The state on Tuesday also released preliminary lists of schools and districts that didn't make "adequate yearly progress," or AYP.
This measurement is used by the federal Department of Education, under the No Child Left Behind Act, to prod districts toward making all students proficient in math and reading by 2014.
The act is considered flawed by teachers and legislators alike, but has not been reformed even though all parties involved acknowledge that very few schools will be able to meet its goals.
Schools need to meet standards in 37 categories, which are stepped up every few years. If a school does not meet the standard in just one category, it has not met AYP.
This year, 1,388 schools -- about two-thirds of all schools in the state -- did not make the cut. That meant 223 districts -- out of 295 -- didn't make AYP.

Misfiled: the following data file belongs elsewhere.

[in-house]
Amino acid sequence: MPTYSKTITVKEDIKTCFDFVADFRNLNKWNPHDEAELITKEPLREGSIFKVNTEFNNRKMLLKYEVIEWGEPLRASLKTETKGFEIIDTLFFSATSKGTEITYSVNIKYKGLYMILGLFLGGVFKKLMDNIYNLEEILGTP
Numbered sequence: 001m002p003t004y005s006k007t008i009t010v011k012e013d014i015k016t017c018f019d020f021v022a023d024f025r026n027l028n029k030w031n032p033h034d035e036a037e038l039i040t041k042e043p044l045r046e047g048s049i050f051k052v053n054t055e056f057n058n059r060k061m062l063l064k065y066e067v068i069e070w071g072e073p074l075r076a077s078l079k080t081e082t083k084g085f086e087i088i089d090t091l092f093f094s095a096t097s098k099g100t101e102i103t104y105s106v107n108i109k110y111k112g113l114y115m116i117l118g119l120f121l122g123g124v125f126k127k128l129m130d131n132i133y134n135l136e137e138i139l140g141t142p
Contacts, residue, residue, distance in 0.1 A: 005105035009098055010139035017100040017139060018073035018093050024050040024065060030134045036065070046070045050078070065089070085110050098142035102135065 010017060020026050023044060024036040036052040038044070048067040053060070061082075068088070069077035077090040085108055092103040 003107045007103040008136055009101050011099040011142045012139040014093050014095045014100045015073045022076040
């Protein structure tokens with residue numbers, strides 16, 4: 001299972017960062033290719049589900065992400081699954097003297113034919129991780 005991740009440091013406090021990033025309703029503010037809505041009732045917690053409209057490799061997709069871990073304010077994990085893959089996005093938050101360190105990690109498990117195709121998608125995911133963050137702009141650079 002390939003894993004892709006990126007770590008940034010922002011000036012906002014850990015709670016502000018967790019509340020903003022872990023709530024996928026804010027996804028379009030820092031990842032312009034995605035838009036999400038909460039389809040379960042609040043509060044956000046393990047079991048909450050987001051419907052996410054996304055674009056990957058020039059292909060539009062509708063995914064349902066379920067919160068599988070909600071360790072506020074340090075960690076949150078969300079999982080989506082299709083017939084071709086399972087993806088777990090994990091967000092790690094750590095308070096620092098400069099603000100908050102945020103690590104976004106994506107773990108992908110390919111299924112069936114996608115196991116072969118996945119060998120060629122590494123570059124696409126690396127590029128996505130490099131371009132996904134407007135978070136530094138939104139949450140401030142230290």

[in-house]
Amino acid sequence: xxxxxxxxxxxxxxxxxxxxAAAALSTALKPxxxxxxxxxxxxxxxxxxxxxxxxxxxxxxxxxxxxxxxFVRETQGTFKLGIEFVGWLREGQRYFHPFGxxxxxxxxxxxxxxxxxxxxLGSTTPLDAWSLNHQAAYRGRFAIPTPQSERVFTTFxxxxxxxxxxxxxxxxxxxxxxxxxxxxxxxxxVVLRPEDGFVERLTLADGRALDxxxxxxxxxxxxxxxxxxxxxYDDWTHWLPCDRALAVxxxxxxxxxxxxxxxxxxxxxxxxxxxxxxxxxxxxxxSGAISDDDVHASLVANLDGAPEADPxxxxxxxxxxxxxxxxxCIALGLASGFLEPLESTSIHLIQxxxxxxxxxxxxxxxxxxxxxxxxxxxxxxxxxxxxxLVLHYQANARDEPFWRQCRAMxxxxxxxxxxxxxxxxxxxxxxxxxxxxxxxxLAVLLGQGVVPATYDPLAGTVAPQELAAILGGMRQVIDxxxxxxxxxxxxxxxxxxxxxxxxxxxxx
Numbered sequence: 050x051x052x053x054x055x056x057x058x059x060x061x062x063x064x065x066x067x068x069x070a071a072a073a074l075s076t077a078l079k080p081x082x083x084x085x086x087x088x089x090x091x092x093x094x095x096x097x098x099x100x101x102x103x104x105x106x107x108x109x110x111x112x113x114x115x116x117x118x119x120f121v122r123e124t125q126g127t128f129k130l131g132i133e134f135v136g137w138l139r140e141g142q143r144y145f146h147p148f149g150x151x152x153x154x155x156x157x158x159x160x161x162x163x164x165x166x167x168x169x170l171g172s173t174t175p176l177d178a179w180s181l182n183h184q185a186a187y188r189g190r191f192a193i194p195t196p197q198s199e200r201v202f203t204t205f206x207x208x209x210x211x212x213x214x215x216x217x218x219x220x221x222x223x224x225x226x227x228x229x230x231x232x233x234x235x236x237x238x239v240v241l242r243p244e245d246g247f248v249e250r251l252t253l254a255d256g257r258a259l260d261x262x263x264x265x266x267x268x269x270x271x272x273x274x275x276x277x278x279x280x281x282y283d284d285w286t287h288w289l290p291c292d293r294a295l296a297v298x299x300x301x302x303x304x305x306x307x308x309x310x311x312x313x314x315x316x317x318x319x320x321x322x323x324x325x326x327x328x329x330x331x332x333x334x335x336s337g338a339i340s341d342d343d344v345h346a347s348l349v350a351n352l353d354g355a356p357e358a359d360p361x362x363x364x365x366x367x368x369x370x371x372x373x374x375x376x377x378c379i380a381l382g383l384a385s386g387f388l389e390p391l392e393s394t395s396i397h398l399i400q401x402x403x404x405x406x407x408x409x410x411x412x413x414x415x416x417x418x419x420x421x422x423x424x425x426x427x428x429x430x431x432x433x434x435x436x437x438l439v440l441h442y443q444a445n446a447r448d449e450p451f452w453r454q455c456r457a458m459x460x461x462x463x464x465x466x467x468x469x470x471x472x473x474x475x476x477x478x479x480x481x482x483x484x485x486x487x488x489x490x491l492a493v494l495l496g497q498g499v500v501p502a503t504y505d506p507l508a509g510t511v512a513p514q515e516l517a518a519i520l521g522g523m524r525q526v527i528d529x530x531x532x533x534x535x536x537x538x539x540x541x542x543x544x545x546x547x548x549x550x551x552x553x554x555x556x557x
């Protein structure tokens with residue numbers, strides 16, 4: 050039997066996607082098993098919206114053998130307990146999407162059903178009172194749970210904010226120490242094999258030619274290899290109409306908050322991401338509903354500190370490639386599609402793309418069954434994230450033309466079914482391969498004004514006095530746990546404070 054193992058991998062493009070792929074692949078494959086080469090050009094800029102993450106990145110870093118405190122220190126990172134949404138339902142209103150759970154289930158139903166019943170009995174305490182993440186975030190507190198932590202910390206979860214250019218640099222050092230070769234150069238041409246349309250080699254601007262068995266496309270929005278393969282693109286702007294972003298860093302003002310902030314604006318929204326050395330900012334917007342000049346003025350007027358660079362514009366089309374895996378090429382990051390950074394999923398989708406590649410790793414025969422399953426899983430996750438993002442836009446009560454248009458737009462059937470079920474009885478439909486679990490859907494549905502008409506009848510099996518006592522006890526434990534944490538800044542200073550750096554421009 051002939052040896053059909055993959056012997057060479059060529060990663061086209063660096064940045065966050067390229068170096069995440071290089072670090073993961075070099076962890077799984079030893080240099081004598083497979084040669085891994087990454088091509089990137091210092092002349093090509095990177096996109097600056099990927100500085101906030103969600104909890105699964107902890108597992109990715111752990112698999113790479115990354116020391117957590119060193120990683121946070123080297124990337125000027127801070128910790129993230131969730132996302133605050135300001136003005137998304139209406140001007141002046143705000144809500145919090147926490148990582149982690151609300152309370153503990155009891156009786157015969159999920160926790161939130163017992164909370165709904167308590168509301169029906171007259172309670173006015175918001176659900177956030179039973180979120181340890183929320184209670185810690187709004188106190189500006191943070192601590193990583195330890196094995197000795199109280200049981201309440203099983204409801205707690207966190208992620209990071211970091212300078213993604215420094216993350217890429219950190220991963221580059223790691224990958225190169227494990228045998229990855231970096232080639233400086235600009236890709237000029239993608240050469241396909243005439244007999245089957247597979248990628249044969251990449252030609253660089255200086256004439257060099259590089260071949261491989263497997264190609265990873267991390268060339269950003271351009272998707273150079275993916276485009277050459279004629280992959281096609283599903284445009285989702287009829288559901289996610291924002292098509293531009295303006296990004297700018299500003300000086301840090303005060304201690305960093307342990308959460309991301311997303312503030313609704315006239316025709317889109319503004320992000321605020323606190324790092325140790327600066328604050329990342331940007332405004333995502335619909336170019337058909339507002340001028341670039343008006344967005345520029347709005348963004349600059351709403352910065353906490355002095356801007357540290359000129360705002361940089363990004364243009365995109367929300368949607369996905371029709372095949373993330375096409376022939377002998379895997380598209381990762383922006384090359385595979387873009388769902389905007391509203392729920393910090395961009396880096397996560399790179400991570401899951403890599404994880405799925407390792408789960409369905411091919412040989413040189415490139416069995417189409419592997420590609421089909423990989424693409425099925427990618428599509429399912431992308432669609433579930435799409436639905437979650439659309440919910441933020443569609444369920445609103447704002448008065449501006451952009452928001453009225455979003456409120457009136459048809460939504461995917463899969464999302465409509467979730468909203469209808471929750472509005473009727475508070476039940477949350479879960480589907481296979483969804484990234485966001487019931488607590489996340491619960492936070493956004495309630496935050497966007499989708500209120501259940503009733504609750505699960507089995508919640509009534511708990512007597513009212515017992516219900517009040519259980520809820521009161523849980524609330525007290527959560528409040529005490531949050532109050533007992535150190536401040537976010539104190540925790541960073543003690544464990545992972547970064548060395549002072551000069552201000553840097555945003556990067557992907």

Those districts included Richland, Pasco, Kennewick, Finley, Kiona-Benton City, Burbank, North Franklin and Prosser.
"I believe Congress should do its job," said State Superintendent Randy Dorn. "The system needs to be revamped."
States have been offered waivers to avoid loss of federal school dollars in 2014. Washington might consider that option, but is not committed to the requirements attached to the waivers, Dorn said.